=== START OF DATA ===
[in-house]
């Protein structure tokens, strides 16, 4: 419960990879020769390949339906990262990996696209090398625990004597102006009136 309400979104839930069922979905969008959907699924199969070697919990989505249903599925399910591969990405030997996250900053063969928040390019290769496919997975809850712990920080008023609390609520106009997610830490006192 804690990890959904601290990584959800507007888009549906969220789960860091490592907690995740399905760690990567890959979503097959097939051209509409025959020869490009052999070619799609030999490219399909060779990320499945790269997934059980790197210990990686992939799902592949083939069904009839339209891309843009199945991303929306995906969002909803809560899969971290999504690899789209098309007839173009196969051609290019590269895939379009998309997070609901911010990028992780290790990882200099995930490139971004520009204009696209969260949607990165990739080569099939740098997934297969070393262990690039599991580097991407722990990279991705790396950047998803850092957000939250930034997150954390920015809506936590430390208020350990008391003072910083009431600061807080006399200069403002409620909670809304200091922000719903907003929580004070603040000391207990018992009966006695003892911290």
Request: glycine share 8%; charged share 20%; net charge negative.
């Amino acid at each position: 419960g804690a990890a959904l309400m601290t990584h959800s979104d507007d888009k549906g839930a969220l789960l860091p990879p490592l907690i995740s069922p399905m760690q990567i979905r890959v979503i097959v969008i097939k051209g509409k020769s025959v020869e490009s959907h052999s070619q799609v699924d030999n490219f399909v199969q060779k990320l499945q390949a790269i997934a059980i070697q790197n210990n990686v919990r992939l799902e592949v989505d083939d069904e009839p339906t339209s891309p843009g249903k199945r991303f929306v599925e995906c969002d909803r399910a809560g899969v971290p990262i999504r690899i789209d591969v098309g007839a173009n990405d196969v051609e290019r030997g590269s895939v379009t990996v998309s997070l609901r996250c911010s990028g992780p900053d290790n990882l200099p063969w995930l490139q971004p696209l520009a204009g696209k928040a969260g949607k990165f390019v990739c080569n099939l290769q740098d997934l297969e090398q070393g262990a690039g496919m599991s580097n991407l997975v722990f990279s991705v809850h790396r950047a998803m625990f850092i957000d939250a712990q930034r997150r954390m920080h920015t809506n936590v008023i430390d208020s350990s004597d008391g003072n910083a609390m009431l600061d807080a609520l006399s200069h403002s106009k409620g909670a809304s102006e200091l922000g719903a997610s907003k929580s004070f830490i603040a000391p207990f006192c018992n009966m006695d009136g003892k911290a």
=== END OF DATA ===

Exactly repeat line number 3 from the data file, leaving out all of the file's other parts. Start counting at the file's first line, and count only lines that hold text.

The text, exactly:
Request: glycine share 8%; charged share 20%; net charge negative.